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Advocates Challenge Proposed Forest Service Rule Changes

The Ouachita National Forest, which covers about 1.8 million acres in central Arkansas, is one of two national forests in the state. (U.S. Forest Service)
The Ouachita National Forest, which covers about 1.8 million acres in central Arkansas, is one of two national forests in the state. (U.S. Forest Service)
August 29, 2019

HOT SPRINGS, Ark. – Conservation groups are challenging the Trump administration over proposed changes to U.S. Forest Service rules to allow approval of major projects such as mining and logging on public lands – without public input.

The groups object to the use of so-called "categorical exclusions" that would exempt the Forest Service from soliciting public comment on changes to national forests in Arkansas and other states.

Susan Jane Brown, public lands director for the Western Environmental Law Center, stresses that it's critical for stakeholders to be part of the decision making process.

"Public comments are really essential to the process,” she states. “When you ask the public what they think about a particular action that the agency is proposing to take, the public actually does have an opinion.

“And in many cases, the public is in a position to provide information that the Forest Service ordinarily does not have."

Under the new rules, the public would not be notified in advance of projects such as oil and gas drilling, mining and the placement of roads and power lines.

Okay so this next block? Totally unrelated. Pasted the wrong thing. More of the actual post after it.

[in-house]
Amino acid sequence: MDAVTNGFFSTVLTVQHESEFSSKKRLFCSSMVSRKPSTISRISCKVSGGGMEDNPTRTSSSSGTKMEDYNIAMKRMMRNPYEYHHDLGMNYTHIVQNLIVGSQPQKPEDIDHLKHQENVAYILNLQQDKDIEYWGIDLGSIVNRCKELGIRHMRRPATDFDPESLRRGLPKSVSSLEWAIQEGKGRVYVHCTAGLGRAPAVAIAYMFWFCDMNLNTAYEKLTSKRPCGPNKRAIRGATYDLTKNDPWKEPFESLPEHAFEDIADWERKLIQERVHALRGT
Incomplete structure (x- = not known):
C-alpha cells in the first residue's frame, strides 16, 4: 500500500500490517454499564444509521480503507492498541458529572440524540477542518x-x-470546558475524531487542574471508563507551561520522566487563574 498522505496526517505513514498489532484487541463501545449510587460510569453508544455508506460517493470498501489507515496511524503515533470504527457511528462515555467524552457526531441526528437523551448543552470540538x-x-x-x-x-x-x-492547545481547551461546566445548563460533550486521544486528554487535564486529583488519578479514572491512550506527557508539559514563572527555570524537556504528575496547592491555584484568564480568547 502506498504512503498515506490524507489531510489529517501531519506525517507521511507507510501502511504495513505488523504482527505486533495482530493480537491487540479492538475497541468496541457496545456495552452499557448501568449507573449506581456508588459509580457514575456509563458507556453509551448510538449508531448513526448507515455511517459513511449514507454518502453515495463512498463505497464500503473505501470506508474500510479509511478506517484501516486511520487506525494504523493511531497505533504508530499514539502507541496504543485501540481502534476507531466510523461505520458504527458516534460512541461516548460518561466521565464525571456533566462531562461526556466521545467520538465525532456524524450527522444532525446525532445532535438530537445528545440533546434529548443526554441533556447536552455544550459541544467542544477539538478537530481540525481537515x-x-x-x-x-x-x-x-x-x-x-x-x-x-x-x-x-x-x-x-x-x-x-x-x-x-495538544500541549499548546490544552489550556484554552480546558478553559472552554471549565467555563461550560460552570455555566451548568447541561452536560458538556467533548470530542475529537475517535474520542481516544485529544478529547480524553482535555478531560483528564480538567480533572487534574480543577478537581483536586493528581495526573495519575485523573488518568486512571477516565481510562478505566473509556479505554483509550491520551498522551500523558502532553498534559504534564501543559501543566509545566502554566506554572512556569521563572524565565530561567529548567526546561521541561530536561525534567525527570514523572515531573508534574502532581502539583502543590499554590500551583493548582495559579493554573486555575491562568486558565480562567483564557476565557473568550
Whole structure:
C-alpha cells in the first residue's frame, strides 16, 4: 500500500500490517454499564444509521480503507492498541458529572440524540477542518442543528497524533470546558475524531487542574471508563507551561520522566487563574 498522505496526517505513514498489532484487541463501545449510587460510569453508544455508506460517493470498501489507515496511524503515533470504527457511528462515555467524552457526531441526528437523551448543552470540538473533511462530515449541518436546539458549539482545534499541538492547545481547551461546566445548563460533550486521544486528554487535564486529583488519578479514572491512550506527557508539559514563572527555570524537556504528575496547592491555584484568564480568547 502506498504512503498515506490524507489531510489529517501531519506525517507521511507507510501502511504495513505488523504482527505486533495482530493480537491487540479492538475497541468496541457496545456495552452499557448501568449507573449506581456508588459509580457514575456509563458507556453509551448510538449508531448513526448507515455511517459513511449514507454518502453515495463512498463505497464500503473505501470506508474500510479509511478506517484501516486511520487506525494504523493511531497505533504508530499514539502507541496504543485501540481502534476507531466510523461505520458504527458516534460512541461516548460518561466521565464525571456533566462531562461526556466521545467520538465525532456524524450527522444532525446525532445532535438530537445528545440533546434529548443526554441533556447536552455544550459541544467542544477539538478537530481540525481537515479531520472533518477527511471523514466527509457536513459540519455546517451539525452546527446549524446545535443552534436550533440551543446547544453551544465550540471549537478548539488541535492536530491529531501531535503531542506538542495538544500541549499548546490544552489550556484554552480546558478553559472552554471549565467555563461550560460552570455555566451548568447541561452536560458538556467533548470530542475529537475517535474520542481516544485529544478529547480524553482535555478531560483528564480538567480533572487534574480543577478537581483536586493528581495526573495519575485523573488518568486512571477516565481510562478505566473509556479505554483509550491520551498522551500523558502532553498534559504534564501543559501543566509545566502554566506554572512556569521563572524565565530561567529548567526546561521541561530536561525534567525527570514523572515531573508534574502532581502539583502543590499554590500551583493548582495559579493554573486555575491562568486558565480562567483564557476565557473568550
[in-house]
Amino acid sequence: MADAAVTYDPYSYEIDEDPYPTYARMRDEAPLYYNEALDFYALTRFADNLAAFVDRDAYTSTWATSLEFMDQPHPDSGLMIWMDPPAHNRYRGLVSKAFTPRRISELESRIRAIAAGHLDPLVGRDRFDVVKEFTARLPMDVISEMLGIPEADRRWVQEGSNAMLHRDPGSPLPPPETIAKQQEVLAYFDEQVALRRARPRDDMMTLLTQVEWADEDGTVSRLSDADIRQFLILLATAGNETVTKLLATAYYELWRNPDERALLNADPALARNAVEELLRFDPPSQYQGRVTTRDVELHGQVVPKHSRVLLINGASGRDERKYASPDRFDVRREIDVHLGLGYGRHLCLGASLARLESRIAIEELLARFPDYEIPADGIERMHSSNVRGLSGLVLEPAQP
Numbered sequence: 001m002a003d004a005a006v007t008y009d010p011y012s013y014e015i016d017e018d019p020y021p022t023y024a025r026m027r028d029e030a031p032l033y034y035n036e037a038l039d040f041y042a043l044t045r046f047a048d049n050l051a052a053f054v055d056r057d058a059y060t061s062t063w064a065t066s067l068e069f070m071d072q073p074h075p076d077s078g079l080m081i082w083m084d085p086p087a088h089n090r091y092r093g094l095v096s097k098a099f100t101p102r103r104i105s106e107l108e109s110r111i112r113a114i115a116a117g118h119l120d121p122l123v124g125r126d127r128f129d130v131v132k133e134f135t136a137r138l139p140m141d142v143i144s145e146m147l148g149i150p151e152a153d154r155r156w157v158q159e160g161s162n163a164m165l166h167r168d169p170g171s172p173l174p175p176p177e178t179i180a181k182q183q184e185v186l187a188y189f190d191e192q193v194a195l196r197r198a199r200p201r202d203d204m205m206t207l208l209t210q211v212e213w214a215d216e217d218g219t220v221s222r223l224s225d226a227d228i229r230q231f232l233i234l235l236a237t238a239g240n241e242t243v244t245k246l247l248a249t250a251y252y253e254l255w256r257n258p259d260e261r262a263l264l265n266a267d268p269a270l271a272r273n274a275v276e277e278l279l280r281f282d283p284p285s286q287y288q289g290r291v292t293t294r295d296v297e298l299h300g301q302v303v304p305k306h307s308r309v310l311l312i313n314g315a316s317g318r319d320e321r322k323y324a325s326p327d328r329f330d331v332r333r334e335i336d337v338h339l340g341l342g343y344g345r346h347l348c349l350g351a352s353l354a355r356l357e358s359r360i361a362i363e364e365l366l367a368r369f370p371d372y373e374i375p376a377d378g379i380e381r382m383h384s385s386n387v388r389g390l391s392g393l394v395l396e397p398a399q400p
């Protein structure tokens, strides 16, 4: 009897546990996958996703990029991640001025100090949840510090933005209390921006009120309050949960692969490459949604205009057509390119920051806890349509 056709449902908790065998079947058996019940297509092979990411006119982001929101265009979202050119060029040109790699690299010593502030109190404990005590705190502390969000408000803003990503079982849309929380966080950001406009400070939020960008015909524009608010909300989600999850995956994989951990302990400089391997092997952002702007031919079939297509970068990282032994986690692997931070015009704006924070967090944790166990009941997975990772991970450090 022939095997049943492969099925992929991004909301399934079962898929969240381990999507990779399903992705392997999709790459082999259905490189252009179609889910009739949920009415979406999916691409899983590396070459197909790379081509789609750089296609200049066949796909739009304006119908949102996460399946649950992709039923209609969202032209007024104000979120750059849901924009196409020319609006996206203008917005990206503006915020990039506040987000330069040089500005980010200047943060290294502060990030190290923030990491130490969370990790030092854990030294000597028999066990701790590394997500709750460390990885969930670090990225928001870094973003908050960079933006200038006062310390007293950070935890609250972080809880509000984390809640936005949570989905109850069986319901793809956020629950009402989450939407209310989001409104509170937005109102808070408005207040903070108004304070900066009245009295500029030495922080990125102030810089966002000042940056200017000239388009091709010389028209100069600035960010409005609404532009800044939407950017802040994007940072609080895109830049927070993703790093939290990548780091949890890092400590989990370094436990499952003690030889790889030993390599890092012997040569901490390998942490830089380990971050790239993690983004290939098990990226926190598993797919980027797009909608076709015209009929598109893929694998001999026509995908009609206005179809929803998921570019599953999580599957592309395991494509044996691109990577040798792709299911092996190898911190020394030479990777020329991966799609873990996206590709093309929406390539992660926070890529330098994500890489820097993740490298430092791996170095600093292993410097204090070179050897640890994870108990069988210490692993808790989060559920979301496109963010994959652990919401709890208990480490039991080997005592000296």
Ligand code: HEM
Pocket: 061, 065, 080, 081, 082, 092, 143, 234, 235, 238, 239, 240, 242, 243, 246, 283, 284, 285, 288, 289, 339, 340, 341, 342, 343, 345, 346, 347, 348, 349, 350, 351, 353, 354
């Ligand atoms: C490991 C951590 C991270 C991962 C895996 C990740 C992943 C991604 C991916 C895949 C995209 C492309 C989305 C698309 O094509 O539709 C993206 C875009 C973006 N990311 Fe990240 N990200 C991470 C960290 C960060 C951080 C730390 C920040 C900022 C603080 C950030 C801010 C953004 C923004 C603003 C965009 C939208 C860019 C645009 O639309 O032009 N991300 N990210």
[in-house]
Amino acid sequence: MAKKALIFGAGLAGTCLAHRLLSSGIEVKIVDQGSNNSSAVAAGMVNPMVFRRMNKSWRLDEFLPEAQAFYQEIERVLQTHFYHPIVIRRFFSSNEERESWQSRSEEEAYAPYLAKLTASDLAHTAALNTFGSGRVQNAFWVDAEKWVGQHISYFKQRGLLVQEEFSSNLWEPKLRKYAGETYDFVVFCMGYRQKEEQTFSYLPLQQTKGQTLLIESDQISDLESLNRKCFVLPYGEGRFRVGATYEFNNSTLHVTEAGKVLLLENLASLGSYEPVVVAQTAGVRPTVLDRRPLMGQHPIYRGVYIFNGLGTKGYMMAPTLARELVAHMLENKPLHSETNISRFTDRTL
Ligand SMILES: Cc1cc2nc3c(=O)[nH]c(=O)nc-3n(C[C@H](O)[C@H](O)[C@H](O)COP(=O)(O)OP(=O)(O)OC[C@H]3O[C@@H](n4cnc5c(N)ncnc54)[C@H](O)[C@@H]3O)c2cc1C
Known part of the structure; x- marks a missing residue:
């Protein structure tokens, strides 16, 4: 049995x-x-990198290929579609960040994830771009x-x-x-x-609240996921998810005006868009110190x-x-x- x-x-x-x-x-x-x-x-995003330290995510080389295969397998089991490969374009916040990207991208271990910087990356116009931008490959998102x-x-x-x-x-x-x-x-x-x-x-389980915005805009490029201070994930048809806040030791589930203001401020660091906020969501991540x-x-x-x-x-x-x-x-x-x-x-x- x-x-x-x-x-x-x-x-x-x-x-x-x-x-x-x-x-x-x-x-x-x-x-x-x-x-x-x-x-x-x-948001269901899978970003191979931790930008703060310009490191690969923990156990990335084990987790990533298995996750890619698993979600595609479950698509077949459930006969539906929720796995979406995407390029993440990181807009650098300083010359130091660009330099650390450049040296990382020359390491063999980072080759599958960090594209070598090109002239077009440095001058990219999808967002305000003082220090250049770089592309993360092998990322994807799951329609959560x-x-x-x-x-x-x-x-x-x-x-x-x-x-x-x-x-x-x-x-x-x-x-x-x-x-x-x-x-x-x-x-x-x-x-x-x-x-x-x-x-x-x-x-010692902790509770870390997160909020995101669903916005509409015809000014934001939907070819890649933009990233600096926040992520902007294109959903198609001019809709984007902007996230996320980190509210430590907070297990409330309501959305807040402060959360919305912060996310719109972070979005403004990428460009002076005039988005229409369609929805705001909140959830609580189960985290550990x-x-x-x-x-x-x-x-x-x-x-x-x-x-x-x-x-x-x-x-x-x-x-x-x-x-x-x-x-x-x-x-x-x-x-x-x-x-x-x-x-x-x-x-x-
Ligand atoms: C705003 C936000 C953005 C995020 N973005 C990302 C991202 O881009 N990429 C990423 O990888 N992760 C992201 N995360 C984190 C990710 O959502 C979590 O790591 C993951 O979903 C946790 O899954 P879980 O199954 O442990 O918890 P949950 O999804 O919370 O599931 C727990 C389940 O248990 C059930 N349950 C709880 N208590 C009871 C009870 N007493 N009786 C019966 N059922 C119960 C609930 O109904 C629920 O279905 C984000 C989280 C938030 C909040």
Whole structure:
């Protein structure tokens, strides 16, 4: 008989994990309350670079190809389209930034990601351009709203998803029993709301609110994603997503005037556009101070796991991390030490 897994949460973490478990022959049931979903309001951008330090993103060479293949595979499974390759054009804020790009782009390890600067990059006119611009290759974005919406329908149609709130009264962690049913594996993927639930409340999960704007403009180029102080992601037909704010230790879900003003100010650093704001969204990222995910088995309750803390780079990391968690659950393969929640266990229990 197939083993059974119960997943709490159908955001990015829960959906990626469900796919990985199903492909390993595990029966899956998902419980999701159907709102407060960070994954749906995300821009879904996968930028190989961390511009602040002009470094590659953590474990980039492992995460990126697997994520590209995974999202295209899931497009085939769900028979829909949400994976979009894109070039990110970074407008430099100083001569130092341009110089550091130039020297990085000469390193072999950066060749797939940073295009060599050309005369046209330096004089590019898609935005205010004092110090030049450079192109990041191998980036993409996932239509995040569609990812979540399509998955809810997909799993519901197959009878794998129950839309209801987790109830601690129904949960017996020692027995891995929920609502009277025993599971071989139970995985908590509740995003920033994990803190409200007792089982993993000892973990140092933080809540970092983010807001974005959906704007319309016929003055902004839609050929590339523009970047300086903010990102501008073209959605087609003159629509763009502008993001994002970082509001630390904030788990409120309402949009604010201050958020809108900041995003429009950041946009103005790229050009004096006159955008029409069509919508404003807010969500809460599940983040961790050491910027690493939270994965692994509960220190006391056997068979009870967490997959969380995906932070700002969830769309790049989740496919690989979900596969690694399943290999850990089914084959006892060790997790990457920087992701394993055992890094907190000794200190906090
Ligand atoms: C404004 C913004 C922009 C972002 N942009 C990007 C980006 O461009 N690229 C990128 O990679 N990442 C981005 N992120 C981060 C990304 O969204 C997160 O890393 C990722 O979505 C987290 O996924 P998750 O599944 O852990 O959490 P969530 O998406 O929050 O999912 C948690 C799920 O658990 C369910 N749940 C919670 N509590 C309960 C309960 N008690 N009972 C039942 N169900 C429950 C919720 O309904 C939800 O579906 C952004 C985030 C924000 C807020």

Arkansas has two national forests – Ozark-St. Francis and Ouachita – which cover more than 3 million acres in the state.

Public comment on revisions to the National Environmental Protection Act closed earlier this week. Some 36,000 people weighed in, with an overwhelming majority disagreeing with the move to limit environmental review and public input.

Brown predicts a major backlash if the Forest Service goes ahead with it.

"And so, it's much more likely that the public is going to stumble upon these sorts of activities and be really unhappy when they find them on their favorite national forest,” she states. “And in that case, the only redress that the public has is to challenge that decision in federal court."

Brown says many of the environmental groups opposing the changes, including hers, already are considering legal action if the Forest Service issues a final rule in the coming months.

Mark Richardson, Public News Service - AR